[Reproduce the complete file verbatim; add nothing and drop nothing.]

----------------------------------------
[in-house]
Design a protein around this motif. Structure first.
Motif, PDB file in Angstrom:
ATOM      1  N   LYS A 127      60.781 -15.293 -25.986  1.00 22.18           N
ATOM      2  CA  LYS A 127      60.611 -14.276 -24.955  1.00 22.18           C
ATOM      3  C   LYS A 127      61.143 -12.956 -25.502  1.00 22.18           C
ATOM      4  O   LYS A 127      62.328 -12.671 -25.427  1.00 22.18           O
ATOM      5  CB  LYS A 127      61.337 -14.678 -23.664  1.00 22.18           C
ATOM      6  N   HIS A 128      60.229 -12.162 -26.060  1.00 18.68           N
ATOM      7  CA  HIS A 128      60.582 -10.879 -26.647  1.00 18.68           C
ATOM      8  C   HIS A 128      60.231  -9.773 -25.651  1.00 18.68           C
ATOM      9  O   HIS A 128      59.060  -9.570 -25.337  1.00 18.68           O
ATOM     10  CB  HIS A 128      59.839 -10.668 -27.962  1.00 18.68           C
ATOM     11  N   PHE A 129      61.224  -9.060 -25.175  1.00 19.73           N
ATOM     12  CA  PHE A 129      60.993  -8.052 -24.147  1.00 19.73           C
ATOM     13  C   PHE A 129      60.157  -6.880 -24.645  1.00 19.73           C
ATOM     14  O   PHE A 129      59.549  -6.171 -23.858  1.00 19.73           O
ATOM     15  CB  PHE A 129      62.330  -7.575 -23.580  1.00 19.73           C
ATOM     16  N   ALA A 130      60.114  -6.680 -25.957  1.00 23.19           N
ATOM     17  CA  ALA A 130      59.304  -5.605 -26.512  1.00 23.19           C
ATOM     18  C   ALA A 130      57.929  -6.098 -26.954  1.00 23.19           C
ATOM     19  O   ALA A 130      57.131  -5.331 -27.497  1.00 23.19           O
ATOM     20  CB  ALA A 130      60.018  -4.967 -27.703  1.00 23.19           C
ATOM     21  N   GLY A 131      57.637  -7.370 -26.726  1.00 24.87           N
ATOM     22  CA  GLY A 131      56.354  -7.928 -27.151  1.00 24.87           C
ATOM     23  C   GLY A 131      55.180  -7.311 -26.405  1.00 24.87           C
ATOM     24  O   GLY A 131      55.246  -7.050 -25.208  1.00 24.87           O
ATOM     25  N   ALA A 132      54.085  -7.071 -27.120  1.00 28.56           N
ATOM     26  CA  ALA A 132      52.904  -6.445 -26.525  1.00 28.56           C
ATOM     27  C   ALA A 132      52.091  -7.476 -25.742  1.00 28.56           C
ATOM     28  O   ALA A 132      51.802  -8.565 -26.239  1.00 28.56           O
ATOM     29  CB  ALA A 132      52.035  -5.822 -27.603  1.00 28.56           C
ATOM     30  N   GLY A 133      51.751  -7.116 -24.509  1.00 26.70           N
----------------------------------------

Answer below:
[in-house]
Design a protein around this motif. Structure first.
Motif, PDB file in Angstrom:
ATOM      1  N   LYS A 127      60.781 -15.293 -25.986  1.00 22.18           N
ATOM      2  CA  LYS A 127      60.611 -14.276 -24.955  1.00 22.18           C
ATOM      3  C   LYS A 127      61.143 -12.956 -25.502  1.00 22.18           C
ATOM      4  O   LYS A 127      62.328 -12.671 -25.427  1.00 22.18           O
ATOM      5  CB  LYS A 127      61.337 -14.678 -23.664  1.00 22.18           C
ATOM      6  N   HIS A 128      60.229 -12.162 -26.060  1.00 18.68           N
ATOM      7  CA  HIS A 128      60.582 -10.879 -26.647  1.00 18.68           C
ATOM      8  C   HIS A 128      60.231  -9.773 -25.651  1.00 18.68           C
ATOM      9  O   HIS A 128      59.060  -9.570 -25.337  1.00 18.68           O
ATOM     10  CB  HIS A 128      59.839 -10.668 -27.962  1.00 18.68           C
ATOM     11  N   PHE A 129      61.224  -9.060 -25.175  1.00 19.73           N
ATOM     12  CA  PHE A 129      60.993  -8.052 -24.147  1.00 19.73           C
ATOM     13  C   PHE A 129      60.157  -6.880 -24.645  1.00 19.73           C
ATOM     14  O   PHE A 129      59.549  -6.171 -23.858  1.00 19.73           O
ATOM     15  CB  PHE A 129      62.330  -7.575 -23.580  1.00 19.73           C
ATOM     16  N   ALA A 130      60.114  -6.680 -25.957  1.00 23.19           N
ATOM     17  CA  ALA A 130      59.304  -5.605 -26.512  1.00 23.19           C
ATOM     18  C   ALA A 130      57.929  -6.098 -26.954  1.00 23.19           C
ATOM     19  O   ALA A 130      57.131  -5.331 -27.497  1.00 23.19           O
ATOM     20  CB  ALA A 130      60.018  -4.967 -27.703  1.00 23.19           C
ATOM     21  N   GLY A 131      57.637  -7.370 -26.726  1.00 24.87           N
ATOM     22  CA  GLY A 131      56.354  -7.928 -27.151  1.00 24.87           C
ATOM     23  C   GLY A 131      55.180  -7.311 -26.405  1.00 24.87           C
ATOM     24  O   GLY A 131      55.246  -7.050 -25.208  1.00 24.87           O
ATOM     25  N   ALA A 132      54.085  -7.071 -27.120  1.00 28.56           N
ATOM     26  CA  ALA A 132      52.904  -6.445 -26.525  1.00 28.56           C
ATOM     27  C   ALA A 132      52.091  -7.476 -25.742  1.00 28.56           C
ATOM     28  O   ALA A 132      51.802  -8.565 -26.239  1.00 28.56           O
ATOM     29  CB  ALA A 132      52.035  -5.822 -27.603  1.00 28.56           C
ATOM     30  N   GLY A 133      51.751  -7.116 -24.509  1.00 26.70           N